Major Progress in Doctors’ and Hospitals’ Use of Health IT

Dr. Farzad Mostashari | February 17, 2012

The HITECH Act, part of the American Recovery and Reinvestment Act, put in place new incentives for doctors and hospitals to help them make the investment in electronic health records (EHRs). It also made a very important distinction: that health IT is not just about the technology, it’s how we use the technology to improve care. It has moved health care in a direction that isn’t just about more technology it’s about using that technology in a way that’s going to be meaningful to patients.

Health IT Statistics

Today, we’re announcing that the use of health IT is becoming more widespread.  Health IT statistics show that the number of hospitals using health IT has more than doubled in the last two years, from 16 to 35 percent between 2009 and 2011. And, according to the same survey, 85 percent of hospitals in the United States now report that by 2015 they intend to take advantage of the incentive payments made available for doctors and hospitals through the Medicare and Medicaid EHR Incentive Programs (EHR Incentive programs).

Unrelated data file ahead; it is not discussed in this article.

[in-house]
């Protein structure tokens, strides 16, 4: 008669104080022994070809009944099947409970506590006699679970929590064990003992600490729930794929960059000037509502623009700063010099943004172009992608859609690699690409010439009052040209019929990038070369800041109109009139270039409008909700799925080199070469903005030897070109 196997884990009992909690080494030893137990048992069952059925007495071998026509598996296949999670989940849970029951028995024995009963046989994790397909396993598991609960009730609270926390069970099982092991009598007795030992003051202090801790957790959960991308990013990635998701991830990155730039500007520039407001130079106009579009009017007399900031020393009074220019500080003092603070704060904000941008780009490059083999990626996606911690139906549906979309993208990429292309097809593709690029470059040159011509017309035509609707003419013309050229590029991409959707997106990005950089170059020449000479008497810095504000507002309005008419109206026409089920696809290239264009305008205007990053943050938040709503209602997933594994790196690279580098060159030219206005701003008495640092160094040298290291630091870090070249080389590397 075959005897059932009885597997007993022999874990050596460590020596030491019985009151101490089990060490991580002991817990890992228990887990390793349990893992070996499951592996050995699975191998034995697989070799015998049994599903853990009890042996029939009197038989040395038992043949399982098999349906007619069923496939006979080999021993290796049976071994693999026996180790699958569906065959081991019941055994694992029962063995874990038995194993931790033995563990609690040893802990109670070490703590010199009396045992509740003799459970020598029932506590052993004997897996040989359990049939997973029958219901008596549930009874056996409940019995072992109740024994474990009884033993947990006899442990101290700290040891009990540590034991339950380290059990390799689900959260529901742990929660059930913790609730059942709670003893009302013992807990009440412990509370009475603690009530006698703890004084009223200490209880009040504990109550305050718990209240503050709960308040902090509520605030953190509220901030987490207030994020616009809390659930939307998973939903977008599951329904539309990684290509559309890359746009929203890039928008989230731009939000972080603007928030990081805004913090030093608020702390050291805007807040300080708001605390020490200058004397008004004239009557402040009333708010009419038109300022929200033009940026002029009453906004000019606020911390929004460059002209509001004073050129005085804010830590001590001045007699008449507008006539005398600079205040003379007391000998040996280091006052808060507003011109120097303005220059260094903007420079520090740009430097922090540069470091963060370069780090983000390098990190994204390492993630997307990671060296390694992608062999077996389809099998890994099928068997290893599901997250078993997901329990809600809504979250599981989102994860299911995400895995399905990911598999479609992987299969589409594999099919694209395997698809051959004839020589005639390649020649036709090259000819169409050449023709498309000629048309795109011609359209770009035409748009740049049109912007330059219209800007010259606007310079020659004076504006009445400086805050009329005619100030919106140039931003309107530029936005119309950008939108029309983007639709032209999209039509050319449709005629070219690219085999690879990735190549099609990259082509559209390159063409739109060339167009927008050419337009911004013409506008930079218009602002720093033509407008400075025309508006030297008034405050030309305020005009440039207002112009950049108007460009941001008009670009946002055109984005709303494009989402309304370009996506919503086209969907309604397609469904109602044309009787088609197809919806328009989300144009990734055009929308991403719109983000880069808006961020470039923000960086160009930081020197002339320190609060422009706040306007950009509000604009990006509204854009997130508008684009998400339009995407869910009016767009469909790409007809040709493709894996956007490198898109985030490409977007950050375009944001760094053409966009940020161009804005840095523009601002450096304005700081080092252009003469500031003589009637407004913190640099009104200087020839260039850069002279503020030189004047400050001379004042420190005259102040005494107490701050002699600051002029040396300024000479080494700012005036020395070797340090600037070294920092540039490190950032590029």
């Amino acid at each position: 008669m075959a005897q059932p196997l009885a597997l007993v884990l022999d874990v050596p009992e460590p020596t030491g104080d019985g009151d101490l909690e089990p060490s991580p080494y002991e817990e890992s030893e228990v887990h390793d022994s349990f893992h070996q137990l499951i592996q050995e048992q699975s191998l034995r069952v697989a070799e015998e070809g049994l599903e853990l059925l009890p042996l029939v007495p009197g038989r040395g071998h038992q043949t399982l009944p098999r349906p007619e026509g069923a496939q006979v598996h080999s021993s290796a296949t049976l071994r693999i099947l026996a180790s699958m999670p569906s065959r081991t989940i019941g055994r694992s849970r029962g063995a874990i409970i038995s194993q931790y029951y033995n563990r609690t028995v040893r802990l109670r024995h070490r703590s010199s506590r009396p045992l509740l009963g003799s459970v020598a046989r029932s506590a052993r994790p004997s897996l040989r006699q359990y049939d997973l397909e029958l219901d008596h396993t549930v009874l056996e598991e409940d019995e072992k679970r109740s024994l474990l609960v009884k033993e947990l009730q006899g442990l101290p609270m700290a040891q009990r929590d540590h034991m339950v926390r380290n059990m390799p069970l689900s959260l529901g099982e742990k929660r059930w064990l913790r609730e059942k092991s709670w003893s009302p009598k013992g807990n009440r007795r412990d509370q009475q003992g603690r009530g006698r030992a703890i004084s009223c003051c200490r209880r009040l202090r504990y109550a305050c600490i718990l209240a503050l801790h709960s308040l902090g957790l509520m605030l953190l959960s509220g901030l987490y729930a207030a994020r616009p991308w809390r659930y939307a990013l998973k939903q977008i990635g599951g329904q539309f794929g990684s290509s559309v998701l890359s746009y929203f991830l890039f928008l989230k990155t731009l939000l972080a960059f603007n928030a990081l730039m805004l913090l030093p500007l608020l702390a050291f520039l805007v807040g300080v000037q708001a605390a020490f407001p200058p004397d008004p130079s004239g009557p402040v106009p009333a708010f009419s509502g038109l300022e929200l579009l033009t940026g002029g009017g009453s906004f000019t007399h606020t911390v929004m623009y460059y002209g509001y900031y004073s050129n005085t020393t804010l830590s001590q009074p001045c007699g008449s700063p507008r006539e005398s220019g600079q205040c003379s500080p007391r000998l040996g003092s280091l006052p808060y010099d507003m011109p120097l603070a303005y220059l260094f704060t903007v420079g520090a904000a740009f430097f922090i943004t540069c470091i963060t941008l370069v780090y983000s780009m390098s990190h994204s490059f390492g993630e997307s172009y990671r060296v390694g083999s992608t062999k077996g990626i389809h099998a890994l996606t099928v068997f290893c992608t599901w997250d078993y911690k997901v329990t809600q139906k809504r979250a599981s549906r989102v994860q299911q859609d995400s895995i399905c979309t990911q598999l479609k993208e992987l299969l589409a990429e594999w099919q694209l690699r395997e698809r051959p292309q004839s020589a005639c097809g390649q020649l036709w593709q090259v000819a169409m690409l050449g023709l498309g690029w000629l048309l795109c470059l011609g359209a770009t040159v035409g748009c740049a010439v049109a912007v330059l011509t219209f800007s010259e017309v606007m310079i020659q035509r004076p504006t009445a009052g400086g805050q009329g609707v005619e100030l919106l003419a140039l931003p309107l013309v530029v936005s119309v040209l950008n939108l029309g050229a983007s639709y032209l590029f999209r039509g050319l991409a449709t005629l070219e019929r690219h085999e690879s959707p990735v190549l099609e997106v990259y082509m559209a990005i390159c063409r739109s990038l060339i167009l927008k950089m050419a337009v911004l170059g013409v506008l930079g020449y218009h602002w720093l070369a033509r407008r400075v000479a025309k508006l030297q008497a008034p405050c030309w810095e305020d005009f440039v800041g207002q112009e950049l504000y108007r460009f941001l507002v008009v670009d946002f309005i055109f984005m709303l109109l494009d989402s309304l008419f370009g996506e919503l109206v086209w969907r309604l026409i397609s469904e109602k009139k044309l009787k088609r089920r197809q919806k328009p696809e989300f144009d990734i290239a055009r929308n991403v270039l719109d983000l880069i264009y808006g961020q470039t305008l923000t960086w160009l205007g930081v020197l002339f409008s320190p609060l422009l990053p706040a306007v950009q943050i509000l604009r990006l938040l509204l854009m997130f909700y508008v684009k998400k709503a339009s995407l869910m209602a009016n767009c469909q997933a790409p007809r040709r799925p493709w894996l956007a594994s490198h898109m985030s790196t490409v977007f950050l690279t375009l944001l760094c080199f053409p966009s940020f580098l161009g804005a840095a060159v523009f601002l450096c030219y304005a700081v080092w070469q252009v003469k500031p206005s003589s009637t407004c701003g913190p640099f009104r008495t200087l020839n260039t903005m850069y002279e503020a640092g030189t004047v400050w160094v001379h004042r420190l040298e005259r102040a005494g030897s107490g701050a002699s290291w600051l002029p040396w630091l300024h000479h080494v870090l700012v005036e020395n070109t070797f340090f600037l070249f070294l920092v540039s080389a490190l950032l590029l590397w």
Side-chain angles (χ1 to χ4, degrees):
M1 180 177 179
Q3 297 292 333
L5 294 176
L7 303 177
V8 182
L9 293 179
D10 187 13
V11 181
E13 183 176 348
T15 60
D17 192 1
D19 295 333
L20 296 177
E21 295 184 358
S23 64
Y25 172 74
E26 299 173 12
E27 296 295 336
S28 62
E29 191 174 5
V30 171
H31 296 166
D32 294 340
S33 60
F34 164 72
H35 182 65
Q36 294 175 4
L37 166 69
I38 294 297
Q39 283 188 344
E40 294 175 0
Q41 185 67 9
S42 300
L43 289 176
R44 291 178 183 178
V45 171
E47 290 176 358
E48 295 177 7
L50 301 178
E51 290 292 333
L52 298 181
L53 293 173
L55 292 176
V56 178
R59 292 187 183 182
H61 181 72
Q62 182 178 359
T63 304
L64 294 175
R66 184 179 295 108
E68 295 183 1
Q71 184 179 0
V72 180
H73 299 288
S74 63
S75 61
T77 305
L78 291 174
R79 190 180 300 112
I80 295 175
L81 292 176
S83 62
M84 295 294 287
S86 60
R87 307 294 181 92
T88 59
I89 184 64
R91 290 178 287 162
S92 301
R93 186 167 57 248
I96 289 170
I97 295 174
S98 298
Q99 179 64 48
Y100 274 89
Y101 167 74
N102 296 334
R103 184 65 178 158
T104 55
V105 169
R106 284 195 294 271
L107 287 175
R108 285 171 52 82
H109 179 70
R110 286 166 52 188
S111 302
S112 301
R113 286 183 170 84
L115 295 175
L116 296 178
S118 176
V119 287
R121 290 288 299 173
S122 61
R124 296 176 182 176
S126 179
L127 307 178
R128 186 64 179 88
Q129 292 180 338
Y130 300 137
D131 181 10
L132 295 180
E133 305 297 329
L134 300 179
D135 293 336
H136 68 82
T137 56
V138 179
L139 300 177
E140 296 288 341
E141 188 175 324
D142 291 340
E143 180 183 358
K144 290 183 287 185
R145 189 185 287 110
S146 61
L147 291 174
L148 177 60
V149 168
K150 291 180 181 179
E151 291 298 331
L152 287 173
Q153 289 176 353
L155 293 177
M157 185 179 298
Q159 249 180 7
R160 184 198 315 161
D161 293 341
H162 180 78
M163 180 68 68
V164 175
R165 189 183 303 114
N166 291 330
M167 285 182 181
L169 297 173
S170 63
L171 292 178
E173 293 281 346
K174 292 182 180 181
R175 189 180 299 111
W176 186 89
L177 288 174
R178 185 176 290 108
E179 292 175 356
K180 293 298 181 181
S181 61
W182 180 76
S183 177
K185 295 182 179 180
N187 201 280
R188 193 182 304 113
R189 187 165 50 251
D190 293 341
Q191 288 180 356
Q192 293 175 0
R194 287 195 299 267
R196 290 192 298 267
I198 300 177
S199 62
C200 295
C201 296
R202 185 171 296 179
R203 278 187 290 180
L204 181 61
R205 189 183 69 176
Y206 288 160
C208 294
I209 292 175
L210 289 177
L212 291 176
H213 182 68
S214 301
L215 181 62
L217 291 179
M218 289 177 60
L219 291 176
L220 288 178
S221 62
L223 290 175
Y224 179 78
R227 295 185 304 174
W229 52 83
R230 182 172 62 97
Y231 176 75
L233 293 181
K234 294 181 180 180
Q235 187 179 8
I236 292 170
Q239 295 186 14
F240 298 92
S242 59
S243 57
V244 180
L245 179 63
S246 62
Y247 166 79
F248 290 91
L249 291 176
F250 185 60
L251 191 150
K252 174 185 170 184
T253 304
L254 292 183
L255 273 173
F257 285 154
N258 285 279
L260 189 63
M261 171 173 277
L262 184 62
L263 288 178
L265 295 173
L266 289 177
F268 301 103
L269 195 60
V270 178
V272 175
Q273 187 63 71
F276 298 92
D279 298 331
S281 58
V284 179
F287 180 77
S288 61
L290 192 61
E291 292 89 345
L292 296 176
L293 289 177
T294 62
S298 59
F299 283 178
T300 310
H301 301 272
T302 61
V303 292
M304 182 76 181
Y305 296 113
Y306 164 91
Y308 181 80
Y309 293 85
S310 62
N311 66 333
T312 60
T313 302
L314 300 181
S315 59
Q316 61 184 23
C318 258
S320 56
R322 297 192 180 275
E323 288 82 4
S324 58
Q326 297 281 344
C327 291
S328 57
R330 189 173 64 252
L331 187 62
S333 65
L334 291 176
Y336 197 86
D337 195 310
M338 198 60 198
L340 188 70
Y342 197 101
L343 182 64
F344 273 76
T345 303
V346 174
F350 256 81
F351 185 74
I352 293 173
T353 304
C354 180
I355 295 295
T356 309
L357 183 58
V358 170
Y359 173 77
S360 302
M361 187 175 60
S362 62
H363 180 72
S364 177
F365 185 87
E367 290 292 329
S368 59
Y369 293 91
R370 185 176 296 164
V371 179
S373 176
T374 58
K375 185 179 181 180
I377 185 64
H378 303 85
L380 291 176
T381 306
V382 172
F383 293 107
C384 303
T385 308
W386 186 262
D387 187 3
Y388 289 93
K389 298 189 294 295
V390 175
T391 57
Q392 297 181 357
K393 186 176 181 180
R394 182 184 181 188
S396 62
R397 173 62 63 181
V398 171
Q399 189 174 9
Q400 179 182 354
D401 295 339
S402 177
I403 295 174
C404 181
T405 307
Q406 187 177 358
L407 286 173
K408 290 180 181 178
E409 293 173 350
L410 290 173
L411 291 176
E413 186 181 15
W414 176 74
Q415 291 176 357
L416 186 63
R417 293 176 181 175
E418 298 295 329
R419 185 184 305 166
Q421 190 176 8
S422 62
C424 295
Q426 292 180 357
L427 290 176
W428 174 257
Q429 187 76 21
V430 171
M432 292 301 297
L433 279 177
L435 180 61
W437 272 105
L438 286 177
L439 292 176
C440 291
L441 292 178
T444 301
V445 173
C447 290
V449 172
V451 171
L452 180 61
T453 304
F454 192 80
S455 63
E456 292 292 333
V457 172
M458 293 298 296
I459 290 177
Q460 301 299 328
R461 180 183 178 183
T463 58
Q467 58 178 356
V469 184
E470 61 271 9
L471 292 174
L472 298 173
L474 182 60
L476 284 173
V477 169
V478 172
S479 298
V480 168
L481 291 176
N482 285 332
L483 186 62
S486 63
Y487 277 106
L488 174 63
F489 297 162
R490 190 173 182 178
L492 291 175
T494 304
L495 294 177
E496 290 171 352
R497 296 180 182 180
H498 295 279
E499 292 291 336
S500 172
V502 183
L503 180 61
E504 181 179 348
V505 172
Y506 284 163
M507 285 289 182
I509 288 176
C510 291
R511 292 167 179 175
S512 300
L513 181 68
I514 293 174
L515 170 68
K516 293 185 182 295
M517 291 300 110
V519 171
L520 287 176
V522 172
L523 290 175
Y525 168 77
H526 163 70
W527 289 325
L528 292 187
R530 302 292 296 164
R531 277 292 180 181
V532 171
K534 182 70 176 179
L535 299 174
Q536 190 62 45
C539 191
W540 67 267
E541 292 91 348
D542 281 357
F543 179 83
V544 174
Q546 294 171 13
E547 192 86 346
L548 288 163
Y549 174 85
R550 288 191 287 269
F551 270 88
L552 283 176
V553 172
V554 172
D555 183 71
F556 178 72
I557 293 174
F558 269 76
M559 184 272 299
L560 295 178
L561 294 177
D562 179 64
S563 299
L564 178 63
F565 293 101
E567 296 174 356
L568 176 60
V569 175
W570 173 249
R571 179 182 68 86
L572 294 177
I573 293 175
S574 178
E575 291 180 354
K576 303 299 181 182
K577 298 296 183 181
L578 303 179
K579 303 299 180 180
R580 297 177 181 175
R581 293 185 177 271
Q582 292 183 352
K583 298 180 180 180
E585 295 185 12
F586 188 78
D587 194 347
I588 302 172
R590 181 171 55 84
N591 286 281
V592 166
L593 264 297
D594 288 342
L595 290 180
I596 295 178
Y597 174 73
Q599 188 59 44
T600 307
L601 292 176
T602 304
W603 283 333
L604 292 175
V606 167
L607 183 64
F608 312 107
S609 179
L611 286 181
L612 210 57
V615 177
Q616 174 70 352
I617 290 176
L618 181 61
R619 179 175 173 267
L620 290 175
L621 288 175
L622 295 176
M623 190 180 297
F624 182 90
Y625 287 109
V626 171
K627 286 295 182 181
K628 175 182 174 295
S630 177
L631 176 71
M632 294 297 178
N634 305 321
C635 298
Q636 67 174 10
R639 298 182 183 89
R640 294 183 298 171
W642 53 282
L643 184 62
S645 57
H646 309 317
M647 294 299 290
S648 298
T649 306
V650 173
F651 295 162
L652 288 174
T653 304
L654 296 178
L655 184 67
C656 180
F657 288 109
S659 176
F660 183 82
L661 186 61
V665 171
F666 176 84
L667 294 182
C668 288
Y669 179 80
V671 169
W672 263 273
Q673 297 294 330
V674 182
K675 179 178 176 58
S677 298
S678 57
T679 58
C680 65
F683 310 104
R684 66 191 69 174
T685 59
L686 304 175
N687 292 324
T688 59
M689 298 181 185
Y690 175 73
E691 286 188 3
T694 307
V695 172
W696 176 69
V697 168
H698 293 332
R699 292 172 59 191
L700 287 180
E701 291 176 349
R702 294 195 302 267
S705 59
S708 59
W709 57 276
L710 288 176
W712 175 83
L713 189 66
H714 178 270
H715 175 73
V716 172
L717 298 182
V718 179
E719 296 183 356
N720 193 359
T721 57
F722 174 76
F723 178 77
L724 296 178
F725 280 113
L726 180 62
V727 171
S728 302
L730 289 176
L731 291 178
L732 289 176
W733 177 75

To help make the switch to health IT and EHRs, we are providing incentive payments to eligible health care professionals and hospitals. We have also created a nationwide network of 62 Regional Extension Centers to help providers take advantage of those incentives.

Health IT Workforce

What’s more, according to the Bureau of Labor Statistics, the number of health IT jobs across the country is expected to increase by 20 percent from 2008 to 2018, a pace much faster than the average for all occupations through 2018.

To meet the demand for workers with health IT experience and training, we’re launching new workforce training programs. Training is provided through 82 community colleges and nine universities nationwide. As of January 2012, more than 9,000 community college students have been trained for health IT careers and another 8,706 students have enrolled.  And as of February 2012, participating universities have enrolled more than 1,200 students and graduated nearly 600 post-graduate and masters-level health IT professionals, with more than 1,700 expected to graduate by the summer of 2013.

Two other workforce training programs have resulted in the development of a health IT workforce curriculum and a health IT worker competency examination.

Privacy and Security Safeguards

Health IT can help keep information private and secure. In addition, federal laws require key persons and organizations that handle health information to have policies and security safeguards in place to protect health information—whether it is stored on paper or electronically.

For more information on how health IT can lead to safer, better, and more efficient care, visit